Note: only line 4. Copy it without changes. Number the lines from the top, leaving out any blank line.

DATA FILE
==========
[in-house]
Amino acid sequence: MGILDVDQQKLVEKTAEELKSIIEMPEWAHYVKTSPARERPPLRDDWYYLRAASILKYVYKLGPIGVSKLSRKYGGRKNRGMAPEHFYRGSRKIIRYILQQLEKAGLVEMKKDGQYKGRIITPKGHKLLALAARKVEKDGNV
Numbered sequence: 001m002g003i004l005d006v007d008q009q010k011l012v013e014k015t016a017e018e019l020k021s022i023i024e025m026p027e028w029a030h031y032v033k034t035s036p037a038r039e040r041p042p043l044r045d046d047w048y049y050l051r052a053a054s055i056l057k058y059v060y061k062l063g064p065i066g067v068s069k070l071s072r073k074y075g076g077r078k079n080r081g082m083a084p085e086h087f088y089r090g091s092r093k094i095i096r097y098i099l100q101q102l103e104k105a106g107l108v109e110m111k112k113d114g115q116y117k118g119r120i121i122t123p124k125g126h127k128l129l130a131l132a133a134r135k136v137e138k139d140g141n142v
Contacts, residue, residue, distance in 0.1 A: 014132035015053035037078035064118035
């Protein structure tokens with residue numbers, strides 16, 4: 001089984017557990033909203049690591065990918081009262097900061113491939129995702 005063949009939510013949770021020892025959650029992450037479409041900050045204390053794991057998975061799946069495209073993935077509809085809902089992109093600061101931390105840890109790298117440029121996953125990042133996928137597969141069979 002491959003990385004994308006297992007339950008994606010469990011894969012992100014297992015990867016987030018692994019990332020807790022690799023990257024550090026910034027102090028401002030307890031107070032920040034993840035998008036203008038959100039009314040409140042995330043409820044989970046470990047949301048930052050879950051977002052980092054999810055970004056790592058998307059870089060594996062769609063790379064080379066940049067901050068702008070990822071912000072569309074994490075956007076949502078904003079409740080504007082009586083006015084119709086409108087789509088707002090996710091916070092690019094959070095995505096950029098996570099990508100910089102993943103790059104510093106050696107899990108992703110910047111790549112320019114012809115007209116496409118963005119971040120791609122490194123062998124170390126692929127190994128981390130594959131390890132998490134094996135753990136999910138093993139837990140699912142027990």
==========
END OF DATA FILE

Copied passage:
Contacts, residue, residue, distance in 0.1 A: 014132035015053035037078035064118035